Senator Marshall Leads Letter On Omitting Rendering Waste Recycling From Draft Strategy

Washington, D.C. – U.S. Senator Roger Marshall, M.D. led a letter to the U.S. Environmental Protection Agency (EPA), the U.S. Department of Agriculture (USDA) and U.S. Food and Drug Administration (FDA) on the omission of ‘rendering’ from the Administration’s Draft National Strategy for Reducing Food Loss and Waste and Recycling Organics (“Draft Strategy”). 

Rendering is the practice of recycling leftover animal scraps from protein conversion facilities, further processing plants, farms, grocery stores, meat lockers, butcher shops, and restaurants. Since the late 1800’s, renderers have used materials that would otherwise be discarded to landfills, converting food waste into an array of products such as soap, candles, biofuels, and more.

The exclusion of rendering from the Draft Strategy is out of step with the Administration’s mission of supporting a comprehensive approach to mitigating food waste, as well as past recycling efforts promoted by the federal government. As an industry that has been around for over a century, rendering is further proof that American agriculture has always led the way on practical sustainability. Inclusion of rendering in the draft strategy ensures that everyone along the livestock production supply chain is not left out of sustainability initiatives and incentives. 

Including rendering in the draft strategy could expand opportunities for small and medium meat processing facilities to receive grants and loans through legislation. 

Senator Marshall’s legislation is cosponsored by Senators Moran (R-KS), Bennet (D-CO), Klobuchar (D-MN), Boozman (R-AR), Stabenow (D-MI), Padilla (D-CA), and Smith (D-MN). 

You may click HERE or scroll below to read Senator Marshall’s full letter. 

Dear Administrator Regan, Secretary Vilsack, and Commissioner Califf:

We write to you regarding the omission of rendering from the Administration’s Draft National Strategy for Reducing Food Loss and Waste and Recycling Organics (“Draft Strategy”). 

Last December, the Environmental Protection Agency (EPA), the U.S. Department of Agriculture (USDA) and the Food and Drug Administration (FDA) released a Draft Strategy that excluded the important role of rendering – a sector which has reduced our nation’s food waste since the late 1800s.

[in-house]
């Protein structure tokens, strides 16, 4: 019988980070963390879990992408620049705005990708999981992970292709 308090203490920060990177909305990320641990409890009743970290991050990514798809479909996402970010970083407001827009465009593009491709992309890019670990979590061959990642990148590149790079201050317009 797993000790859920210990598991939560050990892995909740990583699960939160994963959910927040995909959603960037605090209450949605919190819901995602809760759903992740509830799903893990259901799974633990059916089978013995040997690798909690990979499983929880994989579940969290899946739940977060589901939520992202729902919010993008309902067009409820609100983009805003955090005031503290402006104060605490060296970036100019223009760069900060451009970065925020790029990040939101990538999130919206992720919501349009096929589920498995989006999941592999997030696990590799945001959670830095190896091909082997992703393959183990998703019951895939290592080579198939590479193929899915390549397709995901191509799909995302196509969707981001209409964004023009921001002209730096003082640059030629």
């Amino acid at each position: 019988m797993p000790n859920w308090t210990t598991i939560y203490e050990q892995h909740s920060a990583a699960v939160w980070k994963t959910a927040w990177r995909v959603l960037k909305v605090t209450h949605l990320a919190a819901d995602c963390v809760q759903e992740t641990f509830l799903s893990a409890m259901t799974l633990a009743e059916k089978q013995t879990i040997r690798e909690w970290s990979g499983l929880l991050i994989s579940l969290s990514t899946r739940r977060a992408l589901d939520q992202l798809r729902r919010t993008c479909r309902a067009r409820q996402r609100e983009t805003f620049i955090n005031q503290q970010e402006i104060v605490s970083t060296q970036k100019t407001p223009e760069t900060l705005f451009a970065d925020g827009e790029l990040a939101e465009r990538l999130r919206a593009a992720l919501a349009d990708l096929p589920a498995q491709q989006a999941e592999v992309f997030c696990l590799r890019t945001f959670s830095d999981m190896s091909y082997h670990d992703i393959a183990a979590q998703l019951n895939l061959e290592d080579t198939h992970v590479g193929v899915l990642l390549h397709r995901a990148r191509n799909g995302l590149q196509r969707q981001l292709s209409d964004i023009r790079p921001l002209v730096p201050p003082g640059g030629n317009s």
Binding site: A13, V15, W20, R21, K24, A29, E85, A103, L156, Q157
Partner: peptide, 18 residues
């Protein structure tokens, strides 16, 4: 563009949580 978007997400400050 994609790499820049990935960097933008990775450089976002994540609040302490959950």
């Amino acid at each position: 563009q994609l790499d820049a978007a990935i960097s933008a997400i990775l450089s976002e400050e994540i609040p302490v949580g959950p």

Since the 1990s, rendering has been included in EPA’s ranking of food waste management strategies, previously called the Food Recovery Hierarchy. However, rendering was the only technology specifically removed from the EPA’s rankings with no scientific evidence driving the change. The U.S. rendering industry recycles 99% of unwanted and leftover animal materials considered inedible. Annually, renderers divert over 54 billion pounds of raw materials from landfills and transform them into ingredients for dozens of products including biofuels, pet food, and organic fertilizer. According to the North American Renderers Association’s estimations, our nation’s landfills would reach capacity in four years without a rendering sector that can help address these wastes. 

As stated in the Strategy, “…EPA, USDA, and FDA seek to highlight opportunities to use raw materials more efficiently, enable those resources to be used for their highest value, and recover valuable resources from discarded materials.” This is exactly rendering’s role. However, we are concerned that this draft strategy, with rendering omitted, will not accelerate progress towards the 2015 national goal to reduce food loss and waste by 50% by 2030. Instead, the strategy will only serve to incentivize other recycling technologies at the expense of the rendering industry. Moving a supply stream from one organic recycler to another should not be counted as progress towards our goals. Instead, progress must be measured employing sound science and using all appropriate tools at our disposal. If the agencies believe there are research or data gaps on the role of rendering in food waste reduction, the national strategy presents the perfect opportunity to explore and fill these deficiencies for the sake of reaching our national goal by 2030. 

For centuries, rendering has been at the forefront of a circular economy. We urge EPA, USDA, and FDA to ensure that rendering is included as part of our nation’s food loss and waste reduction strategy. In addition, we request that EPA update its Wasted Food Scale to reflect the importance of rendering as a management strategy for wasted food. 

Thank you for your attention to this important matter.